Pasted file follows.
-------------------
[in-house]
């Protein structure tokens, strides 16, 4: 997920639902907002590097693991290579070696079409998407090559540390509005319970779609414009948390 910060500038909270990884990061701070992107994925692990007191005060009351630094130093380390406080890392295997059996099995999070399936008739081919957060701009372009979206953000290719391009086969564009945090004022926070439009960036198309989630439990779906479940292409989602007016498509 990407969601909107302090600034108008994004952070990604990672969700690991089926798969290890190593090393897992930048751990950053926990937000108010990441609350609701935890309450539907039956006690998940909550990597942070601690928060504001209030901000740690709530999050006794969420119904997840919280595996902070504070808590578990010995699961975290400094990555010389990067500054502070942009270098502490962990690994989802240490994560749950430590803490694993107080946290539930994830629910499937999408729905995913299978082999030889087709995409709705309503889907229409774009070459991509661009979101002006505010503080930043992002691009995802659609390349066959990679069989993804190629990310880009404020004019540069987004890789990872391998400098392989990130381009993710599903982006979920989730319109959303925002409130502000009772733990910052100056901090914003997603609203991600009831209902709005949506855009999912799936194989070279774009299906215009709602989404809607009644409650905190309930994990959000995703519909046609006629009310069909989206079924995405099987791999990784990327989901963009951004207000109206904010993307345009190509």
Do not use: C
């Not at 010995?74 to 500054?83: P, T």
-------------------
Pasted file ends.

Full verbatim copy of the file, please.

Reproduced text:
[in-house]
């Protein structure tokens, strides 16, 4: 997920639902907002590097693991290579070696079409998407090559540390509005319970779609414009948390 910060500038909270990884990061701070992107994925692990007191005060009351630094130093380390406080890392295997059996099995999070399936008739081919957060701009372009979206953000290719391009086969564009945090004022926070439009960036198309989630439990779906479940292409989602007016498509 990407969601909107302090600034108008994004952070990604990672969700690991089926798969290890190593090393897992930048751990950053926990937000108010990441609350609701935890309450539907039956006690998940909550990597942070601690928060504001209030901000740690709530999050006794969420119904997840919280595996902070504070808590578990010995699961975290400094990555010389990067500054502070942009270098502490962990690994989802240490994560749950430590803490694993107080946290539930994830629910499937999408729905995913299978082999030889087709995409709705309503889907229409774009070459991509661009979101002006505010503080930043992002691009995802659609390349066959990679069989993804190629990310880009404020004019540069987004890789990872391998400098392989990130381009993710599903982006979920989730319109959303925002409130502000009772733990910052100056901090914003997603609203991600009831209902709005949506855009999912799936194989070279774009299906215009709602989404809607009644409650905190309930994990959000995703519909046609006629009310069909989206079924995405099987791999990784990327989901963009951004207000109206904010993307345009190509």
Do not use: C
């Not at 010995?74 to 500054?83: P, T």